The bottom half contains all the guts of the printer, the electrocnics, mechanicals etc.

The top half is only held on with a few push tangs (3 on each end).
The top then comes away reveling the actual internals.
However, the battery is fitted to this top half of the printer, with a ribbon cable to the logic board.

When I lifted the top, I had to remove the ribbon from the logic board.
Thanks, so there is no hazard in removing the (grey plastic) decorative covers.

I wonder how long an internal battery lives, in particular in a mothballed printer...

PS: TS mentioned a PRO-10S, no idea if there is a major hardware difference with the PRO-10. Maybe the addition of cloud connectivity needed a battery.
 
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keat63

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The top side covers (the ones between the corner pieces), are a pig to get off.
Remove those first (if you can)

In fact, I broke a couple of clips in doing so.
Even with the covers off, I couldn't see what was holding it.
Now that it's missing a few clips, they are pretty easy to refit and remove.

The corner covers have push tabs, so simple to get off.

The clam shell has 3 tangs at each end, one at the front, one at the side, one at the rear.
Dont disconnect the battery :)


I just got off the phone to an authorised Canon service centre.
He says that it would cost £60 to reflash the firmware, but there's no guarantee that it's not going to be man handled in transit in either direction, so it could be just as bad again as regards leakage.

And reflashing the firmware, doesn't guarantee that the original fault can be fixed.

I think one last evening with the service tool and then it's going in the bin :-(
 
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The Hat

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I wonder how long an internal battery lives, in particular in a mothballed printer...

PS: TS mentioned a PRO-10S, no idea if there is a major hardware difference with the PRO-10. Maybe the addition of cloud connectivity needed a battery.
Years... most likely for the lifetime of the printer.

I don’t reckon the battery has anything to do with the Cloud connectivity, because the new Pro 200/300 also come with battery’s, it just there to put refilling further out of reach..

But at least we now know the batter is present and we can take steps to prevent it from erasing the EPROM memory if we decide to fit a Printer Potty..

JUST KEEP the printer plugged in before removing the battery cable..

P.S. the Pro200/300 come with the current date and time already on the active EPROM when first powered on..

I think one last evening with the service tool and then it's going in the bin :-(
I just got off the phone to an authorised Canon service centre.
He says that it would cost £60 to reflash the firmware, but there's no guarantee that it's not going to be man handled in transit in either direction, so it could be jaut as bad again as regards leakage .I think one last evening with the service tool and then it's going in the bin :-(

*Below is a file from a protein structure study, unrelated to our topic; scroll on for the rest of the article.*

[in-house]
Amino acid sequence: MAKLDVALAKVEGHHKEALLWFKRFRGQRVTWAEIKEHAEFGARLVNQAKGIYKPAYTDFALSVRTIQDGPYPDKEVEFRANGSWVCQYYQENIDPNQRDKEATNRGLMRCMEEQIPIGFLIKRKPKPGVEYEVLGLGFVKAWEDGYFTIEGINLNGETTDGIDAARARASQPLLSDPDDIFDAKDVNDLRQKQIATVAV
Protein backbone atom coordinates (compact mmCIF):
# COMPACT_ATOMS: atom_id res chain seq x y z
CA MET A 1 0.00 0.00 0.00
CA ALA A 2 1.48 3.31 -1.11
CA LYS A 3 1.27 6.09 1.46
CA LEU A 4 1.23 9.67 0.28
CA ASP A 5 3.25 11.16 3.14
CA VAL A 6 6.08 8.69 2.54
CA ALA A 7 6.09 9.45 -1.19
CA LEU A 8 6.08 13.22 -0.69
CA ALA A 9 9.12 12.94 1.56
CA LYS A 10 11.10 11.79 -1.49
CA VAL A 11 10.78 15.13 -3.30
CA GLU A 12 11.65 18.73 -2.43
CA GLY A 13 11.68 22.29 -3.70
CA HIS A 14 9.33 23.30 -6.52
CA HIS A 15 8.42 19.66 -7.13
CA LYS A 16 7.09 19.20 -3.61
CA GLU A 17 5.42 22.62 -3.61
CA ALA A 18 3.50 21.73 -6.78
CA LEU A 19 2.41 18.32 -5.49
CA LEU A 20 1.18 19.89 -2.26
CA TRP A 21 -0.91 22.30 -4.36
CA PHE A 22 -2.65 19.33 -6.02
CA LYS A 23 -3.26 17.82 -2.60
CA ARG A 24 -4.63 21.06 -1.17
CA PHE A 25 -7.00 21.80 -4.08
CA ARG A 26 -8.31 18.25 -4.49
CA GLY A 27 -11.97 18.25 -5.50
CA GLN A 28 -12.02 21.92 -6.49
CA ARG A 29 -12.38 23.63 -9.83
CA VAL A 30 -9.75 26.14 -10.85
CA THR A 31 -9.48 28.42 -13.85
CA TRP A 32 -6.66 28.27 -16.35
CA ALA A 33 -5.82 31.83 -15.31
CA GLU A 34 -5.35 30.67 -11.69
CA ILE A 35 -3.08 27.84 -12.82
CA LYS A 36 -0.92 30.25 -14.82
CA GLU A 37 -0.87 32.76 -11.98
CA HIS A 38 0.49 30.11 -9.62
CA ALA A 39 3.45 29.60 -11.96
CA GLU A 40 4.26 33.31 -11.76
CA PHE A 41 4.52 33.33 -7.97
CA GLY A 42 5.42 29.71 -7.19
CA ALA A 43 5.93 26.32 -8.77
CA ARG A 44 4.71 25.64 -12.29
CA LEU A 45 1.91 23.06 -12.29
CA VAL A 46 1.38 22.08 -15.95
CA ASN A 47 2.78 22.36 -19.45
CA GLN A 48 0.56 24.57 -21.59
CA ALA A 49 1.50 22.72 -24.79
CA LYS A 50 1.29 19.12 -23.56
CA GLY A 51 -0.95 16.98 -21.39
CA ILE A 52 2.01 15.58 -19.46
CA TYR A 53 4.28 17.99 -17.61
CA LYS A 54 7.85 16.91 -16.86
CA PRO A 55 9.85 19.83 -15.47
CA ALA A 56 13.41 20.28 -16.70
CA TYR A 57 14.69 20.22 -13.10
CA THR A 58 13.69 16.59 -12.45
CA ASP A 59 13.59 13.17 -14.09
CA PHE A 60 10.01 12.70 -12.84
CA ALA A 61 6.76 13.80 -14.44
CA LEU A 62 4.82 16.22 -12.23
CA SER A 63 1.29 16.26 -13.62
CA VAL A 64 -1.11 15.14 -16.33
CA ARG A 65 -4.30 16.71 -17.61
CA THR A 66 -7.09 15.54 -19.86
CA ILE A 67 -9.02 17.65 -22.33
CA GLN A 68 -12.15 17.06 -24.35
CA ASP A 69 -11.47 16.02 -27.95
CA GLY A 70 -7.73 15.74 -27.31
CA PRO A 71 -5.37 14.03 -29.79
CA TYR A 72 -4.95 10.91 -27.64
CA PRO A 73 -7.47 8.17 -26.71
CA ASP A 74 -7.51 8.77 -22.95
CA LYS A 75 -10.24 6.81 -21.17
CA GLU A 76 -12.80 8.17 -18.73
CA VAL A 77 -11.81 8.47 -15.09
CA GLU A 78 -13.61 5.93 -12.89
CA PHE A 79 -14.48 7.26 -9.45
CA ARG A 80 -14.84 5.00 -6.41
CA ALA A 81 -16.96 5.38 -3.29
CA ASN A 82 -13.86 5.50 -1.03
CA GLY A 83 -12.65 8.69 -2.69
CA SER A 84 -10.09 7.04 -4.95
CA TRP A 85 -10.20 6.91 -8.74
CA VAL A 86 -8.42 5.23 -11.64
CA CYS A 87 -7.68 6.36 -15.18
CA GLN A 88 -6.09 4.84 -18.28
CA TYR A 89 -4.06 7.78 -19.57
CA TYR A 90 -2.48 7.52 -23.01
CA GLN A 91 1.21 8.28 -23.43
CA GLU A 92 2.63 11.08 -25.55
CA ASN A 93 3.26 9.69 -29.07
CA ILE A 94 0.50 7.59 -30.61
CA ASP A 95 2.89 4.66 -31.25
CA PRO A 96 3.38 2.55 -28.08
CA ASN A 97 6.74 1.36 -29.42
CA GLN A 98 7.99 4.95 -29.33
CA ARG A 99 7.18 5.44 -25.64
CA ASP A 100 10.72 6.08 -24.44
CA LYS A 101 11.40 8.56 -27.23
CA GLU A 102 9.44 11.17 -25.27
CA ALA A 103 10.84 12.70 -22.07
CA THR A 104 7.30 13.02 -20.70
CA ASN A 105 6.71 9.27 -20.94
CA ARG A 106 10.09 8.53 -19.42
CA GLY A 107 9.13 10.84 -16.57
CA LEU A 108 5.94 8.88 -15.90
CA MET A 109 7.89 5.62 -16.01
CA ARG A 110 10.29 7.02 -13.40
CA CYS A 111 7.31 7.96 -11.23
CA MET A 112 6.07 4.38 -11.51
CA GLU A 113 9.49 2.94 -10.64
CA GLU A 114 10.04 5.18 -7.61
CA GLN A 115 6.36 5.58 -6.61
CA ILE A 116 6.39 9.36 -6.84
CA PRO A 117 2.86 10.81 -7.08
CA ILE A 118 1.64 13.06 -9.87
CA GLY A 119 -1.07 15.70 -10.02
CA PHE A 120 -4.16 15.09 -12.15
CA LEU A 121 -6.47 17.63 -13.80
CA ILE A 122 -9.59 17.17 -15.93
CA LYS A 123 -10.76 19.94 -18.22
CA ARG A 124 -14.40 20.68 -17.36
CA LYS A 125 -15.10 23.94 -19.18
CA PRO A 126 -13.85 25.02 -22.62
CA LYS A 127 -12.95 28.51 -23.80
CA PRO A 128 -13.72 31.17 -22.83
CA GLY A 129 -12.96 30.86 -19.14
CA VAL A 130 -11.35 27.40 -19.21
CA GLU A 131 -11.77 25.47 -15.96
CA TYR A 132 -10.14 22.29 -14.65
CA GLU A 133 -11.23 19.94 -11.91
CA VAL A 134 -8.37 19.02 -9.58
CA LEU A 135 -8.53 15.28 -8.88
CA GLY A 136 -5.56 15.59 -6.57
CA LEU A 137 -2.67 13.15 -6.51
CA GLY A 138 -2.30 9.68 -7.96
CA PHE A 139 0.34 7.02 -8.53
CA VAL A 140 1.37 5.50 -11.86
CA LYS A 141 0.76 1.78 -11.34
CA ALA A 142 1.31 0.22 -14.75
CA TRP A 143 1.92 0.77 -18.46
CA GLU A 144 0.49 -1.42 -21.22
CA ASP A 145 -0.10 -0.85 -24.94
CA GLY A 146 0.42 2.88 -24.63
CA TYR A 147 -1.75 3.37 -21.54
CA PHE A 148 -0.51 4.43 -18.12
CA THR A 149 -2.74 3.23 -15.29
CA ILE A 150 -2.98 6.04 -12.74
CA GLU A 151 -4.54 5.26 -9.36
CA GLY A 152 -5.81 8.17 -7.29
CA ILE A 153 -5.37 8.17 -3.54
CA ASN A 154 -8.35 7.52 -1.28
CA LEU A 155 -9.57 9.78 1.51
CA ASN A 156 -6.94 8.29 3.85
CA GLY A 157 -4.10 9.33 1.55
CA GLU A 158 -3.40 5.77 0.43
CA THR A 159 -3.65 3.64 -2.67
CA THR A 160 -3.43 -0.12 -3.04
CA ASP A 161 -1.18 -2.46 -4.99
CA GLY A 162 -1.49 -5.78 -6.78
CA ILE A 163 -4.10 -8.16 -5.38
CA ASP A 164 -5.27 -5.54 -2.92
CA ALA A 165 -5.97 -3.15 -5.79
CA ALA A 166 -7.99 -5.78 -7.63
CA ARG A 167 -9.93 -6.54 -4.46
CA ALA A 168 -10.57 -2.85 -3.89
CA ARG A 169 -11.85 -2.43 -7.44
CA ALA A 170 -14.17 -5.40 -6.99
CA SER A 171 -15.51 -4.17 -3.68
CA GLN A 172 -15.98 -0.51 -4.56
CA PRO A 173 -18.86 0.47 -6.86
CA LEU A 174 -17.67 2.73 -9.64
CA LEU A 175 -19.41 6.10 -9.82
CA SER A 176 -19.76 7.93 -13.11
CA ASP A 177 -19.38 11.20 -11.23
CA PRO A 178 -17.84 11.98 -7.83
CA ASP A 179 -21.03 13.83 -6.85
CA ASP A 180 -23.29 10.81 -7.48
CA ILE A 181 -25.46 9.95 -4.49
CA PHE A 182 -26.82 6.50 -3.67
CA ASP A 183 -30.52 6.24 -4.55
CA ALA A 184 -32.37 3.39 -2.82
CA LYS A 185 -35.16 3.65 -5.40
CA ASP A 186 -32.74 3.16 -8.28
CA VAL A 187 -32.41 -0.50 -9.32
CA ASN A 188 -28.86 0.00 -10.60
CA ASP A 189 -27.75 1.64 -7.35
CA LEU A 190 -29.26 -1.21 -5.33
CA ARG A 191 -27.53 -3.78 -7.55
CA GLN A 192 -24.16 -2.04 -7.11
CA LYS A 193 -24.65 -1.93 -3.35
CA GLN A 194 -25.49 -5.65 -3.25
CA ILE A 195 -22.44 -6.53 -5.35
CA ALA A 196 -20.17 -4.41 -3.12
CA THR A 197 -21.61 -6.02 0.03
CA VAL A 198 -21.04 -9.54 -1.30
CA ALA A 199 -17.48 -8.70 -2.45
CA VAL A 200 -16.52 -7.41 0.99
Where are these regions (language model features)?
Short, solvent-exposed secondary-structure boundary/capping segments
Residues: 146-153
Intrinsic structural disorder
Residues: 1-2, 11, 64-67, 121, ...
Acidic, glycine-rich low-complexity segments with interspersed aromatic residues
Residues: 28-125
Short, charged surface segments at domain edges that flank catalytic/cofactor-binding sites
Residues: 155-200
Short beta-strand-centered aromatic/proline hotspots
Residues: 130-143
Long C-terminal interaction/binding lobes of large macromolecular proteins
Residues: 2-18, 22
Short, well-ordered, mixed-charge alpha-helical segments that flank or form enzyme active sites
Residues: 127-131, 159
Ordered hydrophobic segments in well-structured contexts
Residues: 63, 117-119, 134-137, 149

It would be worth the cost because they are a great printer, but I would recommend you transport it there yourself to prevent a recurrence of the spillage..

The service Tool cannot communicate with a dead printer, there’s nobody home..
 

keat63

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It does go through an intilisation process when putting in to service mode.
In fact, I'd go as far as to say if you didn't know any better, you'd think it was alive and normal.

Self delivery isn't an option, the repair centre is 200 miles away.
 
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palombian

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Years... most likely for the lifetime of the printer.

I don’t reckon the battery has anything to do with the Cloud connectivity, because the new Pro 200/300 also come with battery’s, it just there to put refilling further out of reach..

But at least we now know the batter is present and we can take steps to prevent it from erasing the EPROM memory if we decide to fit a Printer Potty..

JUST KEEP the printer plugged in before removing the battery cable..

P.S. the Pro200/300 come with the current date and time already on the active EPROM when first powered on..


It would be worth the cost because they are a great printer, but I would recommend you transport it there yourself to prevent a recurrence of the spillage..

The service Tool cannot communicate with a dead printer, there’s nobody home..
My PRO-10's are almost 10 years old...

I didn't find anything about a battery in the PRO-9500(II) maintenance manuals, so I suppose it didn't have one.

Will try to find a dead PRO-10 locally to experiment dismantling.